Primary pupils test scores improve more at schools that convert to academies

Pupils at primary schools that convert to academies make better progress than their counterparts who attend non-academy schools that later convert to an academy — according to a new study by Dr Emily McDool at the University of Sheffield.

The research looks at the impact of primary academy schools that voluntarily converted to an academy school upon pupil performance. These ‘primary converter academies’ are a product of the 2010 reform to the Academies Programme which allowed all schools, not only the underperforming ones, to voluntarily convert to an academy in a bid to improve educational standards across England.

Using data on a sample of over 240,000 pupils and observing their Key Stage 1 (age 7) and Key Stage 2 (age 11) test scores, the study finds that pupils who attend a primary converter academy move up the rank within their cohort by between 1.1 and 2.6 percentile points depending on the year of academy conversion experienced and the pupil’s cohort.

Pupils in the less deprived areas tend to benefit more from primary converter academies than pupils in more deprived areas. Also attending a primary converter academy has greater benefits for white pupils than non-white pupils and more significant improvements for pupils’ eligible for free school meals.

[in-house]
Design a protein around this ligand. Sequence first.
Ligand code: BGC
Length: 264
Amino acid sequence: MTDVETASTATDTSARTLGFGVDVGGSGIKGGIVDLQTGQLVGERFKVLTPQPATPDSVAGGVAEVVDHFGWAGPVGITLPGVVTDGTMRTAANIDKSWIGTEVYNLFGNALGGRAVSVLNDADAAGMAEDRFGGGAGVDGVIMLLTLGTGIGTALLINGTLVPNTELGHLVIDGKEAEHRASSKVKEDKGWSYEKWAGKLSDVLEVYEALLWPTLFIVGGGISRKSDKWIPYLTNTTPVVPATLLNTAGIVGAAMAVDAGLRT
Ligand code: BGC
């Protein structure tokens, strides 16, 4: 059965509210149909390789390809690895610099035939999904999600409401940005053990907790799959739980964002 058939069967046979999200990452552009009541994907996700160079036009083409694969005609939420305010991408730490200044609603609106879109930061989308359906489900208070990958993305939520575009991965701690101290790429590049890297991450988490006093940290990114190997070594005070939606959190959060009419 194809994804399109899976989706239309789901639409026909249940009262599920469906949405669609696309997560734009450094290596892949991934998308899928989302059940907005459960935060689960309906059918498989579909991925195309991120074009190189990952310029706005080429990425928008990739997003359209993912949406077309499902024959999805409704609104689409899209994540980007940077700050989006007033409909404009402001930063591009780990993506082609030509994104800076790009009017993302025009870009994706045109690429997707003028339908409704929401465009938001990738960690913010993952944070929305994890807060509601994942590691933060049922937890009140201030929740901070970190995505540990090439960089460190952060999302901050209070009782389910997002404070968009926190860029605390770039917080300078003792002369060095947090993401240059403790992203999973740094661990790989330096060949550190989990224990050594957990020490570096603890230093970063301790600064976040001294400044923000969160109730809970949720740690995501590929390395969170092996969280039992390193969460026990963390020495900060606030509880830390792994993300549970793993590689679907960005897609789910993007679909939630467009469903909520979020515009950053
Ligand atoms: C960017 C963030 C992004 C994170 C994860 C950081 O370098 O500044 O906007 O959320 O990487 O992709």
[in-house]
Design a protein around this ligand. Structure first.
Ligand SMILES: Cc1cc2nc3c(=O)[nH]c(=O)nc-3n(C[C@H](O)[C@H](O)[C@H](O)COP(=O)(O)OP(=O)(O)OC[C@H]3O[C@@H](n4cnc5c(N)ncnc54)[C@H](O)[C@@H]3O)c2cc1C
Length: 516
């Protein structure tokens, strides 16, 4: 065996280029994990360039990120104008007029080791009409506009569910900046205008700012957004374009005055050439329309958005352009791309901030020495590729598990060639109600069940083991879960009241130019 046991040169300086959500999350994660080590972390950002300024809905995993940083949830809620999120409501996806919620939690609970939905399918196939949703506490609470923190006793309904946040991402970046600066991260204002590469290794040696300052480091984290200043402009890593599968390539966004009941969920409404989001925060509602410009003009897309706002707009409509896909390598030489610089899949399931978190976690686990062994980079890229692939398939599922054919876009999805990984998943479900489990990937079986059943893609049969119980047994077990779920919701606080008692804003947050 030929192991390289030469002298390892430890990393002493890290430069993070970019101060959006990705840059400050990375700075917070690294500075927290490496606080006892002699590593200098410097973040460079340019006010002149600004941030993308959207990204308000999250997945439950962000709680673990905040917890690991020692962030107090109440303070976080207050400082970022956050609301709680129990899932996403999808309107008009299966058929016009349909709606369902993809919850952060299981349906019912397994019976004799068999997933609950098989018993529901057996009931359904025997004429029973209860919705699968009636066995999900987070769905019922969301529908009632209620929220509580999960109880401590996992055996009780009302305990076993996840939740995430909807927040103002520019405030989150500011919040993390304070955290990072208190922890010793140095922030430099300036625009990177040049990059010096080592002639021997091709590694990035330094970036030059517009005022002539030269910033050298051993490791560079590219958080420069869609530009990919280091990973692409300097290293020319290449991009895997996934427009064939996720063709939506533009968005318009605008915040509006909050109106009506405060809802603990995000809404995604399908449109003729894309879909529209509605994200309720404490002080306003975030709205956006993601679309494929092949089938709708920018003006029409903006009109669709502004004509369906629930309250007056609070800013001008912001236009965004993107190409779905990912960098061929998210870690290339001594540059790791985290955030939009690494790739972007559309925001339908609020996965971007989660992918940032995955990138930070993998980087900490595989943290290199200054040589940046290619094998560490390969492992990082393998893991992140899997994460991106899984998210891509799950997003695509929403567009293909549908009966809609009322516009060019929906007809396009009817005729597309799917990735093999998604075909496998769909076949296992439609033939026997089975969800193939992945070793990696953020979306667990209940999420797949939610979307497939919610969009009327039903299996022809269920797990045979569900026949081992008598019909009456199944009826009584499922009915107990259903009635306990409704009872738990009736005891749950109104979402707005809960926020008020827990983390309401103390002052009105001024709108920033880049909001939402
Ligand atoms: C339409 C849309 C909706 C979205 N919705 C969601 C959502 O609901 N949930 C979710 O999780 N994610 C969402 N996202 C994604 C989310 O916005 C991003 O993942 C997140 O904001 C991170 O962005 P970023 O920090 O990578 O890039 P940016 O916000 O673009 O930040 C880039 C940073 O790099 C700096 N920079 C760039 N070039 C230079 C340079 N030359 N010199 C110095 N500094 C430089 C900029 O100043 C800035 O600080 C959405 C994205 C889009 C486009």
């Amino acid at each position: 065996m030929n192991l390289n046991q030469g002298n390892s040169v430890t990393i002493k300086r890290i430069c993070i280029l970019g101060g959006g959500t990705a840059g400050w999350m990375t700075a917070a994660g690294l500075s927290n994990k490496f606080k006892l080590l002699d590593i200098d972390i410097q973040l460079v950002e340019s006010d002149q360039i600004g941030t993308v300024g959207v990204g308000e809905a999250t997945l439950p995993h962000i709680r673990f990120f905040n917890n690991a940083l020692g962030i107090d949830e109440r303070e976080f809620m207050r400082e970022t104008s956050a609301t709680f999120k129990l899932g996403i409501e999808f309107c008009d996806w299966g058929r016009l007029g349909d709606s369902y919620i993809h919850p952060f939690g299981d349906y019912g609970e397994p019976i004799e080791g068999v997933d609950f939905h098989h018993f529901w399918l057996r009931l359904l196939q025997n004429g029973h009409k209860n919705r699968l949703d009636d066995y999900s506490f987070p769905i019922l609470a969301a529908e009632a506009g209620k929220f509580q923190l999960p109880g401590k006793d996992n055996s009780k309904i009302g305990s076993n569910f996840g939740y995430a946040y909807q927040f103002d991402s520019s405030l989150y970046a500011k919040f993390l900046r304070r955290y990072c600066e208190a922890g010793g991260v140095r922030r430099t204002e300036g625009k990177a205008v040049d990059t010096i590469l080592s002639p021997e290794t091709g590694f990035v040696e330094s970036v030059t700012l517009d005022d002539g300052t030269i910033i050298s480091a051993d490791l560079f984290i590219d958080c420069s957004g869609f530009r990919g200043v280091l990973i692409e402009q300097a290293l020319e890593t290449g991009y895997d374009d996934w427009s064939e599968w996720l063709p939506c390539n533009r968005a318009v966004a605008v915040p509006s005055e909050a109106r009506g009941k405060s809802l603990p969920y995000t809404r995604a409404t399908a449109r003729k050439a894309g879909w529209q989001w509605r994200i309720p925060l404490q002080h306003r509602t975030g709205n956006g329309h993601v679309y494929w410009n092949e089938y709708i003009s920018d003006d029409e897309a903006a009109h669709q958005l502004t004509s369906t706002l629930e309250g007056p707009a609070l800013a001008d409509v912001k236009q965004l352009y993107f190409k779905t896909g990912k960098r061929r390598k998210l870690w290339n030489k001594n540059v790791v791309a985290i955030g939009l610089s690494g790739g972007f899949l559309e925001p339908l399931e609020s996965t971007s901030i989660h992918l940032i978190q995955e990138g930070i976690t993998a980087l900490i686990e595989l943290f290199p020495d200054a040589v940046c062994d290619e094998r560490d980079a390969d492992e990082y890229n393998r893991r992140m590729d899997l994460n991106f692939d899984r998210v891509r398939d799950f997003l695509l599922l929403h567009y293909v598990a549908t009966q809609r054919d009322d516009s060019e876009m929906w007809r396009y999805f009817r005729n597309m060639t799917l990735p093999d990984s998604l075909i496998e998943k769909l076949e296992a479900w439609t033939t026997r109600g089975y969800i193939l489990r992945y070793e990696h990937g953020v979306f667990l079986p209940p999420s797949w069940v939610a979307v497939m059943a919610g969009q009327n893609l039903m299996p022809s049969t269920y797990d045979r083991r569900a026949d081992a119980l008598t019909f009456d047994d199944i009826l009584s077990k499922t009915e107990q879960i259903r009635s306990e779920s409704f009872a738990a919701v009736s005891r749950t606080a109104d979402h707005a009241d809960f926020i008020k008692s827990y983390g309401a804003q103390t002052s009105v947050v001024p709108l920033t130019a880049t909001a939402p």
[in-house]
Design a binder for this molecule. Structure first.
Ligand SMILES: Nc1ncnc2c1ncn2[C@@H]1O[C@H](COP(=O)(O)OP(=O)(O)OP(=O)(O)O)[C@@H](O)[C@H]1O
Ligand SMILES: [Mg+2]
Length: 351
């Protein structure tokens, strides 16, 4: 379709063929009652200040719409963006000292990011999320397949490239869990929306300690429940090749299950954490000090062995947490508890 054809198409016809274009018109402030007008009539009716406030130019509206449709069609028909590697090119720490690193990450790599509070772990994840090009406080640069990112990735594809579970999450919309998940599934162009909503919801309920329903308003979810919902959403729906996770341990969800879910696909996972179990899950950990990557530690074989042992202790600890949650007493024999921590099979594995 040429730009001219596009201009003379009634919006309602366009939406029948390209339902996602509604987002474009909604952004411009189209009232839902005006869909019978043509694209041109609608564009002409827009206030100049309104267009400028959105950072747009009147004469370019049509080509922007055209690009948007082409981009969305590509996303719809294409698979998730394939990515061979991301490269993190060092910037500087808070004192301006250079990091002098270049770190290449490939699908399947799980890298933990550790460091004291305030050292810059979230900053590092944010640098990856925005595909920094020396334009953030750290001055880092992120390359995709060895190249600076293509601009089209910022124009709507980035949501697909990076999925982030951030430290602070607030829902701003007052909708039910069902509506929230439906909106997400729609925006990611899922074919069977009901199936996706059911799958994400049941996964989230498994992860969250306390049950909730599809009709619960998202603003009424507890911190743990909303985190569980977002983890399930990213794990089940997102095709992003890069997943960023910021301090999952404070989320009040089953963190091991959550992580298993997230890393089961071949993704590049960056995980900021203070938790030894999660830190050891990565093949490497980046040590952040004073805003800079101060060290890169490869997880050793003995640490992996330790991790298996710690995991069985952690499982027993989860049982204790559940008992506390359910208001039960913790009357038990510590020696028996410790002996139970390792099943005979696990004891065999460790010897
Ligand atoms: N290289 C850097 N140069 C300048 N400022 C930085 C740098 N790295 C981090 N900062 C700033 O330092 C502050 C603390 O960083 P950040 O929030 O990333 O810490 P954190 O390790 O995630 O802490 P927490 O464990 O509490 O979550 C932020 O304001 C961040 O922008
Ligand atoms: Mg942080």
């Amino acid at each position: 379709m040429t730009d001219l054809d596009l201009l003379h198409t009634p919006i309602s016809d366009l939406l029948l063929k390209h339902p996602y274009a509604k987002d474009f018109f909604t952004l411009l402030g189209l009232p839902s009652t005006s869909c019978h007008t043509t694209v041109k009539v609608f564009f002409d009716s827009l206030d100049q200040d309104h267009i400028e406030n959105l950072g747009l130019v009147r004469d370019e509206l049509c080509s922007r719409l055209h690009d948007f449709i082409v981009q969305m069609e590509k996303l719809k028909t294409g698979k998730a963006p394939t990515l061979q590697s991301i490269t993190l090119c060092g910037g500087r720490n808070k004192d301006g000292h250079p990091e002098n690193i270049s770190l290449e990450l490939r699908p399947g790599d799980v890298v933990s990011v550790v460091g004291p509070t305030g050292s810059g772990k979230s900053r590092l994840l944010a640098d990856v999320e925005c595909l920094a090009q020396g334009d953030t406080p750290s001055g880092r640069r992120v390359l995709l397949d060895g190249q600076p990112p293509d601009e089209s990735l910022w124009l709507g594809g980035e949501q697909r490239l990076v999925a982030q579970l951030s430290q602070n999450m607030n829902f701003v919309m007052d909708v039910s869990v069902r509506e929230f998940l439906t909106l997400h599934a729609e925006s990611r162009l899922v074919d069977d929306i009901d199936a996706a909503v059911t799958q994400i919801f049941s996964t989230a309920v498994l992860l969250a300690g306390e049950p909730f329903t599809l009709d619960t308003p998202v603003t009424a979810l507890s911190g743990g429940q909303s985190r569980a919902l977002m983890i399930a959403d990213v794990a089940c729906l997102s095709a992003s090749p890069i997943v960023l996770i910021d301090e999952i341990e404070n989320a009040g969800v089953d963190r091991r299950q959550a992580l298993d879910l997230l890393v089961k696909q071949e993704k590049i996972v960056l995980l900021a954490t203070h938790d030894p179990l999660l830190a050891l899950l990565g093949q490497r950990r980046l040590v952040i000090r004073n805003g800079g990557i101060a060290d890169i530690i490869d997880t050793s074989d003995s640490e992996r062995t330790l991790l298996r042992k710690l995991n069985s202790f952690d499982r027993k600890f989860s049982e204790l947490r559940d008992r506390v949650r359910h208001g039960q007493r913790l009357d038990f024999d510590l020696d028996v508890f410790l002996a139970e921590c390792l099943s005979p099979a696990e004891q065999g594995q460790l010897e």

Overall, the evidence suggests that attending a primary converter academy for up to two years has a positive influence upon the progress of pupils.

The evidence therefore suggests that the Academies Programme, which continues to expand, is beneficial for primary school pupils; however, these benefits are not felt by all pupils from different areas, ethnicities and family backgrounds equally.

With academy schools now accounting for over 4,500 schools in England, this research assists in expanding our understanding of an educational policy that influences millions of pupils across England.

Further details can be found at:

McDool, E (2016) The Effect of Primary Converter Academies on Pupil Performance. Department of Economics, University of Sheffield. SERPS 2016013

If you’re interested in contacting the authors of this research then please contact them using econ@sheffield.ac.uk or +44 114 222 5151